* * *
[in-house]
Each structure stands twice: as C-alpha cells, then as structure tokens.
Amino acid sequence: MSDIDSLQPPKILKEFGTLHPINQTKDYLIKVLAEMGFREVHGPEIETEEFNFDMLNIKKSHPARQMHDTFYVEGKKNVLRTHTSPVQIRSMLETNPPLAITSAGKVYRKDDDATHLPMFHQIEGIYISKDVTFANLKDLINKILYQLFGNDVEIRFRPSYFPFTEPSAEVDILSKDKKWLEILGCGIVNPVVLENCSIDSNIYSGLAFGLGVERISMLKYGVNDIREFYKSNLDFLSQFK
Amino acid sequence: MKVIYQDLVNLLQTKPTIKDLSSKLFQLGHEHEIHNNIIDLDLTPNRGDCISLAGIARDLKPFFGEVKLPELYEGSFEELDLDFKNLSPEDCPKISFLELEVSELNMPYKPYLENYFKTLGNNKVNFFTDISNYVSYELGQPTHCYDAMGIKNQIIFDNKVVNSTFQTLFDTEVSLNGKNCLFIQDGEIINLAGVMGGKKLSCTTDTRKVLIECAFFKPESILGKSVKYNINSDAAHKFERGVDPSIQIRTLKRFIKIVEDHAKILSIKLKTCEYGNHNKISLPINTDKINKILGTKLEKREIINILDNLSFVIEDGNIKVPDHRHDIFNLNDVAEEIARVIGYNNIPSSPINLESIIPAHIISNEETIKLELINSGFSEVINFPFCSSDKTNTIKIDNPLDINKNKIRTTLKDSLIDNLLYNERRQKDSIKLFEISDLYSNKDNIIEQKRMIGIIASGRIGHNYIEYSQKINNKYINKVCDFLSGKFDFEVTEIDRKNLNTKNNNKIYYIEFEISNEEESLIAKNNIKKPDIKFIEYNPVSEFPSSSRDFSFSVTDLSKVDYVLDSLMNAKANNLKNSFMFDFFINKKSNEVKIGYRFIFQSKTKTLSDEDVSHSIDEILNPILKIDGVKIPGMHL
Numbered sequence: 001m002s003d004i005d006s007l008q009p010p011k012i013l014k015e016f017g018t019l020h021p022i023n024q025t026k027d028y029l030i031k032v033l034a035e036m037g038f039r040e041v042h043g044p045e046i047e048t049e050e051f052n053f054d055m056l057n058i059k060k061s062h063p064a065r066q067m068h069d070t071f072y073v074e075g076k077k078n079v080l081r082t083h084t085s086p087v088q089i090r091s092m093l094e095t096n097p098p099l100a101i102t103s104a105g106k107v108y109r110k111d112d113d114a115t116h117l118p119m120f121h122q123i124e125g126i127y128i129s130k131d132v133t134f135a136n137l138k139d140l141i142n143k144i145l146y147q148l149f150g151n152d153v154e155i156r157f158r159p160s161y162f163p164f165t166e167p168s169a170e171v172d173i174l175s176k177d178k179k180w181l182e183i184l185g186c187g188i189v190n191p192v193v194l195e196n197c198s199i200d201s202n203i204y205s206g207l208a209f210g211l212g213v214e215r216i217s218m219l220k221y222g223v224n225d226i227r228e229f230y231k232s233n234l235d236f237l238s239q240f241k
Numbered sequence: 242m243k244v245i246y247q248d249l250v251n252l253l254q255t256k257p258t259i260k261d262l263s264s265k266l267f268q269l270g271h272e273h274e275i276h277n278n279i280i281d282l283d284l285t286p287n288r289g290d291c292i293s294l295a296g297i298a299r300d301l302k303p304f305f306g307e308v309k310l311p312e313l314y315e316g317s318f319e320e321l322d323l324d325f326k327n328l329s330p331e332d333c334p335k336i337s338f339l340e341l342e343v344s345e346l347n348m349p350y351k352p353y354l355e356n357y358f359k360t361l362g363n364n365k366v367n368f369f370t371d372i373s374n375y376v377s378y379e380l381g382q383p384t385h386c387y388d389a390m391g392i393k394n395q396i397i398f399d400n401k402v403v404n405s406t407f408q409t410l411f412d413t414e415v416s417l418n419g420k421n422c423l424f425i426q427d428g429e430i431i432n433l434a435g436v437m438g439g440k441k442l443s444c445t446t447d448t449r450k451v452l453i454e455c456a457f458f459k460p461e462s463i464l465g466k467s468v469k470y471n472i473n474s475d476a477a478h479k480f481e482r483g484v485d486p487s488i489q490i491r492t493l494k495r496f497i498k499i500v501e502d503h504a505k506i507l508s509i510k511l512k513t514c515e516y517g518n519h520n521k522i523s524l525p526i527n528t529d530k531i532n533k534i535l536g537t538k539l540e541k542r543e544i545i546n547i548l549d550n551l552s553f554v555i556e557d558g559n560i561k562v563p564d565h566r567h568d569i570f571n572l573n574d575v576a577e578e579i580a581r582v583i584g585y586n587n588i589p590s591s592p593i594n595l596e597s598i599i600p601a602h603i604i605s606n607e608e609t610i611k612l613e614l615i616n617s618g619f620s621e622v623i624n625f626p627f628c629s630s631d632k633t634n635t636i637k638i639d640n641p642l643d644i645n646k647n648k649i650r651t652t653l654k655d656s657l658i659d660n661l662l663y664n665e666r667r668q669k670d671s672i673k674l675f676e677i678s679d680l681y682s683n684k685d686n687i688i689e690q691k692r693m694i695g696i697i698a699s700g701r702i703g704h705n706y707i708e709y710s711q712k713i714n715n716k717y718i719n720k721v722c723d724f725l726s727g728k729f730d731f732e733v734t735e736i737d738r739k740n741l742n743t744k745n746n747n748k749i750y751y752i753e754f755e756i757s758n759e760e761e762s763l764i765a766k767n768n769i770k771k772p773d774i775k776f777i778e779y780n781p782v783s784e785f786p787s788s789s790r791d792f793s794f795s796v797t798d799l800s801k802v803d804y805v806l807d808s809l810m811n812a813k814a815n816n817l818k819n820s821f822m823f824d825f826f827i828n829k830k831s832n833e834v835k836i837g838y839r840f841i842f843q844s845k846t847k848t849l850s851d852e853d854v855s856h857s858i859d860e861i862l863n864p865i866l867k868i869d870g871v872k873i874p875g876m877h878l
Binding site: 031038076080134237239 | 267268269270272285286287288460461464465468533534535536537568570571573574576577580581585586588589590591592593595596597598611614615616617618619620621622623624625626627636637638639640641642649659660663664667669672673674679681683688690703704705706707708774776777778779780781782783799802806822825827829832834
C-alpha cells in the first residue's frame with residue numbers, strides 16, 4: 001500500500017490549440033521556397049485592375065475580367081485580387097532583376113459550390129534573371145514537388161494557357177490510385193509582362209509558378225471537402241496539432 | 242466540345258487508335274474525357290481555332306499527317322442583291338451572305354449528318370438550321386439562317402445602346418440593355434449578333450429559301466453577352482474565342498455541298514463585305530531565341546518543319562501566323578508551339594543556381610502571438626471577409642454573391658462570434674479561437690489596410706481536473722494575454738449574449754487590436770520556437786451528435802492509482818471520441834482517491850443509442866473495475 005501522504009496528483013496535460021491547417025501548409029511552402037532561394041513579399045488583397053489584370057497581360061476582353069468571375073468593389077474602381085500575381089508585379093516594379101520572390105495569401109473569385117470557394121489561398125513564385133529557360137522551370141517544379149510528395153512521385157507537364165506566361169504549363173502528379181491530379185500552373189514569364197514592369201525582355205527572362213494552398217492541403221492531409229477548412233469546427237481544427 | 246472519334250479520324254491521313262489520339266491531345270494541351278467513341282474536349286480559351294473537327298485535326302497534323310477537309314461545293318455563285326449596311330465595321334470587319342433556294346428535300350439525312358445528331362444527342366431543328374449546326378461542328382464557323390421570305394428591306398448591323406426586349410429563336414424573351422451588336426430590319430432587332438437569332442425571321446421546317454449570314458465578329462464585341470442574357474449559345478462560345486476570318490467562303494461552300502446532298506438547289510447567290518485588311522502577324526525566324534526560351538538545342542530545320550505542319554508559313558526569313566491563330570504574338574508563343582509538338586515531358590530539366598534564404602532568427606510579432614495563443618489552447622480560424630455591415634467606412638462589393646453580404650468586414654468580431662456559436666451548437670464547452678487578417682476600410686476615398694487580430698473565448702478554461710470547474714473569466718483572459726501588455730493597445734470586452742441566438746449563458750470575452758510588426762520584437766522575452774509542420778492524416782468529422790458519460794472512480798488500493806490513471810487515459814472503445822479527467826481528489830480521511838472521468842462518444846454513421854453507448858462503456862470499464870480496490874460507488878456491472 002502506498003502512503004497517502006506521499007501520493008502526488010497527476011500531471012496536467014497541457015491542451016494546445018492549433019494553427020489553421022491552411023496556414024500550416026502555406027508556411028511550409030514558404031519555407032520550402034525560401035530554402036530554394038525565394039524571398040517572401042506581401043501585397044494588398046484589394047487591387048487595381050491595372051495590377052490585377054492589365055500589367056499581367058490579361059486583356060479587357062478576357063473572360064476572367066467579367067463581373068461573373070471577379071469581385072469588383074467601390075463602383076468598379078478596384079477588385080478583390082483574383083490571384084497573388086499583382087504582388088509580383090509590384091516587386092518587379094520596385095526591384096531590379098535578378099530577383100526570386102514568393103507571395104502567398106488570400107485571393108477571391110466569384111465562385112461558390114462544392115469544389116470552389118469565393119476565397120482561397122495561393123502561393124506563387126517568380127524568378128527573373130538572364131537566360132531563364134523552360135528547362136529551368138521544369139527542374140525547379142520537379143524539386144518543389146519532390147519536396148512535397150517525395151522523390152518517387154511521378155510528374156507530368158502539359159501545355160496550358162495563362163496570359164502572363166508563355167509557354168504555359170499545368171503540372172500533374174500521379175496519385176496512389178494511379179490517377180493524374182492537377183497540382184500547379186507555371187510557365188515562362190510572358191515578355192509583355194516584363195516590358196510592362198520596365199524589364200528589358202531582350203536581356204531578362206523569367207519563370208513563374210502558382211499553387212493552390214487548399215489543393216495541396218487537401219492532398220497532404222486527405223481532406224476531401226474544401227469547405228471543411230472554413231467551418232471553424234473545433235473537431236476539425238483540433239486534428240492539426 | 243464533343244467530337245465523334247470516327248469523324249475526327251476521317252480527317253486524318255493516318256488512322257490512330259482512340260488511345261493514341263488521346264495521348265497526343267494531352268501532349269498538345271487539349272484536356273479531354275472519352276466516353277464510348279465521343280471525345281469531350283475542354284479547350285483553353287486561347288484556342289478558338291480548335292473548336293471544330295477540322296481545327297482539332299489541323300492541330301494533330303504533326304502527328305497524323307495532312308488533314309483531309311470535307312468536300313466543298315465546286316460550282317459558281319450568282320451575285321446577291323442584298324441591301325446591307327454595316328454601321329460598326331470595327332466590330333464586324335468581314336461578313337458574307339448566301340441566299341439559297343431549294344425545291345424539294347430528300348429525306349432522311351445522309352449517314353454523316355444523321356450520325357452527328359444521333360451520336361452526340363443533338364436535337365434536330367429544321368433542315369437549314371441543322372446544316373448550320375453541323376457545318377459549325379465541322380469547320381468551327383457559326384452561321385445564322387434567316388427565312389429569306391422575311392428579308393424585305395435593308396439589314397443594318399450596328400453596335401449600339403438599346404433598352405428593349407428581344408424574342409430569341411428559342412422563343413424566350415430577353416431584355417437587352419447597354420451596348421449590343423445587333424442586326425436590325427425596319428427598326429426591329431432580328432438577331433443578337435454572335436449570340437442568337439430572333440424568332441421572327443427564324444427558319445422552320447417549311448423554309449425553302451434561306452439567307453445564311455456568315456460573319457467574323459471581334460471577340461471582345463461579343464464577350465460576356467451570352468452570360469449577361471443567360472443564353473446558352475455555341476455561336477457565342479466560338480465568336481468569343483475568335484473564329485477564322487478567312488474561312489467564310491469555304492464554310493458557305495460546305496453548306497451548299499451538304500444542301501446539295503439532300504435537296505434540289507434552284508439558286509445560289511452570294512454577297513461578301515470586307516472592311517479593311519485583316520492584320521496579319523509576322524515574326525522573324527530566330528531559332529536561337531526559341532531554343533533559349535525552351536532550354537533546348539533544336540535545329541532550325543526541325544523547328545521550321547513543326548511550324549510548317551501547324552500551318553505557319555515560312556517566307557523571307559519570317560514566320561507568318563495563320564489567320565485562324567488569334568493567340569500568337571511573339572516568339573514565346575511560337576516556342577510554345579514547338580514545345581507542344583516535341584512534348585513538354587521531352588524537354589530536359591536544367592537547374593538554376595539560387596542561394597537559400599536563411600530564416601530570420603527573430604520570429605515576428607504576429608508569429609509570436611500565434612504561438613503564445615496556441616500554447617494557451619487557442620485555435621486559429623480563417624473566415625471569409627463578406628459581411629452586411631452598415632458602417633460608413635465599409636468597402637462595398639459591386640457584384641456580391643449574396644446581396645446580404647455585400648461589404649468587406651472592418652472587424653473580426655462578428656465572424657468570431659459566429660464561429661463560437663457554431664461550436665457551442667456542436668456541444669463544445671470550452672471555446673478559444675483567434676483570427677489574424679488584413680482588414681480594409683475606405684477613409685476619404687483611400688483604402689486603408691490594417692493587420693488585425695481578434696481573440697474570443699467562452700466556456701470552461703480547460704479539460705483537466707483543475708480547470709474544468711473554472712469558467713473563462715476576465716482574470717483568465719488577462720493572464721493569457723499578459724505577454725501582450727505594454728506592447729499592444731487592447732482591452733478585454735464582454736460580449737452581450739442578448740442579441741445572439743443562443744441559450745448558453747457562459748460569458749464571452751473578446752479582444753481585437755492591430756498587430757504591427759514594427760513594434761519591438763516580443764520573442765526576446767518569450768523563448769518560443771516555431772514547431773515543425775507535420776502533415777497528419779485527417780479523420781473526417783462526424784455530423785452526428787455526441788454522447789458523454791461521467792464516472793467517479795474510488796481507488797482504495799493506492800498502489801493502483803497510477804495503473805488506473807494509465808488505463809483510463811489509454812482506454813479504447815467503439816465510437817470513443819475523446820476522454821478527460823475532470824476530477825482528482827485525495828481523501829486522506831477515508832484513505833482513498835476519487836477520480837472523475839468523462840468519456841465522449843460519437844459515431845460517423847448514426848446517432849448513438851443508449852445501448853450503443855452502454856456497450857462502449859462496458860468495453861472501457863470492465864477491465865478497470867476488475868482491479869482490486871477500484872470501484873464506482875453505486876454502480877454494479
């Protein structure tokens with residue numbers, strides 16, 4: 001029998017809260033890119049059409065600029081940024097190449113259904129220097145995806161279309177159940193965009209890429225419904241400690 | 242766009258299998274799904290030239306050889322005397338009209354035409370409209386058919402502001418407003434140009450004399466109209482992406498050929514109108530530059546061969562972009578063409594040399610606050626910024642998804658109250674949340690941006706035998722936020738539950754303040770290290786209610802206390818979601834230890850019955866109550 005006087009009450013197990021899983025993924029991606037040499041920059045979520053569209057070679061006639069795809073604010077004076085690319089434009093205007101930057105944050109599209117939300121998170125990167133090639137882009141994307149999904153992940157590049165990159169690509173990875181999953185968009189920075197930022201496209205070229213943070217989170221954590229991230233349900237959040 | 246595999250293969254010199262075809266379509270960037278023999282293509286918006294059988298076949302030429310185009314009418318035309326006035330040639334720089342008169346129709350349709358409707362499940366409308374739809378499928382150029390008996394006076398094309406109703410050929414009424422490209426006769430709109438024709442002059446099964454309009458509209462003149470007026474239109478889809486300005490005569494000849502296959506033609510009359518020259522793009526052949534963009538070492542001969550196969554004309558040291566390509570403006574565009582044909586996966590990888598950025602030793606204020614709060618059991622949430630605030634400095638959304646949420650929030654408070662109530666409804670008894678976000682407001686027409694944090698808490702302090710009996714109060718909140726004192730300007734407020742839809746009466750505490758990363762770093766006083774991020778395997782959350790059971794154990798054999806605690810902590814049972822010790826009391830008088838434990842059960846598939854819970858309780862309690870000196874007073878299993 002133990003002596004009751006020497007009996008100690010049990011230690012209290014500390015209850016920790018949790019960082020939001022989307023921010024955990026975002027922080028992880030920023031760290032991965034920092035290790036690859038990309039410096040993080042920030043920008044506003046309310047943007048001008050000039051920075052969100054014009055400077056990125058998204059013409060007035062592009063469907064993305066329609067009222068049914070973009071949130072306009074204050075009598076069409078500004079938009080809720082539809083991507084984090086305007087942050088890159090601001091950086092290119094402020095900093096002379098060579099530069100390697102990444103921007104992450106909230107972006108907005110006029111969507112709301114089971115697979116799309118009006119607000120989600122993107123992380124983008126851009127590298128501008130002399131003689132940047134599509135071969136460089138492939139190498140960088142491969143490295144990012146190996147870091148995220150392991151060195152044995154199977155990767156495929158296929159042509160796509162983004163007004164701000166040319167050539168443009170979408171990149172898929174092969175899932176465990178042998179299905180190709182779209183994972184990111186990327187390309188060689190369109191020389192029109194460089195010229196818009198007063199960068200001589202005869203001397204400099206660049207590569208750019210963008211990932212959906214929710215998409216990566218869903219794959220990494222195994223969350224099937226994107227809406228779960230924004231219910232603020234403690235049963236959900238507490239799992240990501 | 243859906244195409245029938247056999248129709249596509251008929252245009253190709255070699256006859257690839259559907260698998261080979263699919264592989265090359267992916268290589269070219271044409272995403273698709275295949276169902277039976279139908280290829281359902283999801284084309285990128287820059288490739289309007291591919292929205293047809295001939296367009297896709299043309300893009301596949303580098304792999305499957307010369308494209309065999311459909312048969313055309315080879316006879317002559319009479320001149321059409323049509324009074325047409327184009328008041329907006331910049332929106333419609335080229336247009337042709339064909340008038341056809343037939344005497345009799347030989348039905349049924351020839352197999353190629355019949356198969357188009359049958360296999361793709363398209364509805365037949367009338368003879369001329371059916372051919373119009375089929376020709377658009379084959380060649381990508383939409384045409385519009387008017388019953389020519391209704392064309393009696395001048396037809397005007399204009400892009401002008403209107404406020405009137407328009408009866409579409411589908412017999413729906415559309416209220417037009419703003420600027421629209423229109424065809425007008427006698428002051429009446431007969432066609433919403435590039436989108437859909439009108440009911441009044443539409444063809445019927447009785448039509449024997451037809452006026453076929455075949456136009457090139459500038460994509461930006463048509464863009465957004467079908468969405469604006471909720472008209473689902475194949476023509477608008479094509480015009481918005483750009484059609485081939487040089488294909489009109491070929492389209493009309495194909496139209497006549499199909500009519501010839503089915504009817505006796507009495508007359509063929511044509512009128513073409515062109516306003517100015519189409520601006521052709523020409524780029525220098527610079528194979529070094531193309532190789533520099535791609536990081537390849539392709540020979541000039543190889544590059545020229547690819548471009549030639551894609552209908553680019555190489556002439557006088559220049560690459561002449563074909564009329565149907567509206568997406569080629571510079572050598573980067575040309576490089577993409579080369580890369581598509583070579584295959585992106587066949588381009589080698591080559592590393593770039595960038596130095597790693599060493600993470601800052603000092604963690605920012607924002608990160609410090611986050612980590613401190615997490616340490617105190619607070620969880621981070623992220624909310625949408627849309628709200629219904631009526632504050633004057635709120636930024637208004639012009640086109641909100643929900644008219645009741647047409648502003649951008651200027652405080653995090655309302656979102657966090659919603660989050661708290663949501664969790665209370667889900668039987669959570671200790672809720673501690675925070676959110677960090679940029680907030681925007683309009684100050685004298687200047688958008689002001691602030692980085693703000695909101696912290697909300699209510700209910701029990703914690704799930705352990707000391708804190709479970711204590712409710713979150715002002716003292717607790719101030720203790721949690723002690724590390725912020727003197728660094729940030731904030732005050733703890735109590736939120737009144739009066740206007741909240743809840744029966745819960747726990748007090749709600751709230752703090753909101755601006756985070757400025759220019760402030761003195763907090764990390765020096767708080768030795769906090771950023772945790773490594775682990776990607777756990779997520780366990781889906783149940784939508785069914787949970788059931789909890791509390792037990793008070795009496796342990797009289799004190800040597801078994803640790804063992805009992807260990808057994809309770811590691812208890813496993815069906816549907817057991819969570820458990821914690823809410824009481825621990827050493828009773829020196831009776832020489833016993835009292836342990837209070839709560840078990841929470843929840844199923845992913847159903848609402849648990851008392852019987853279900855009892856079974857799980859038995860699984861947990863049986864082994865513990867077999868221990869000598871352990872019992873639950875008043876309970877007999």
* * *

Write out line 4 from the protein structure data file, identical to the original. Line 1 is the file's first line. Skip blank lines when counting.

Amino acid sequence: MKVIYQDLVNLLQTKPTIKDLSSKLFQLGHEHEIHNNIIDLDLTPNRGDCISLAGIARDLKPFFGEVKLPELYEGSFEELDLDFKNLSPEDCPKISFLELEVSELNMPYKPYLENYFKTLGNNKVNFFTDISNYVSYELGQPTHCYDAMGIKNQIIFDNKVVNSTFQTLFDTEVSLNGKNCLFIQDGEIINLAGVMGGKKLSCTTDTRKVLIECAFFKPESILGKSVKYNINSDAAHKFERGVDPSIQIRTLKRFIKIVEDHAKILSIKLKTCEYGNHNKISLPINTDKINKILGTKLEKREIINILDNLSFVIEDGNIKVPDHRHDIFNLNDVAEEIARVIGYNNIPSSPINLESIIPAHIISNEETIKLELINSGFSEVINFPFCSSDKTNTIKIDNPLDINKNKIRTTLKDSLIDNLLYNERRQKDSIKLFEISDLYSNKDNIIEQKRMIGIIASGRIGHNYIEYSQKINNKYINKVCDFLSGKFDFEVTEIDRKNLNTKNNNKIYYIEFEISNEEESLIAKNNIKKPDIKFIEYNPVSEFPSSSRDFSFSVTDLSKVDYVLDSLMNAKANNLKNSFMFDFFINKKSNEVKIGYRFIFQSKTKTLSDEDVSHSIDEILNPILKIDGVKIPGMHL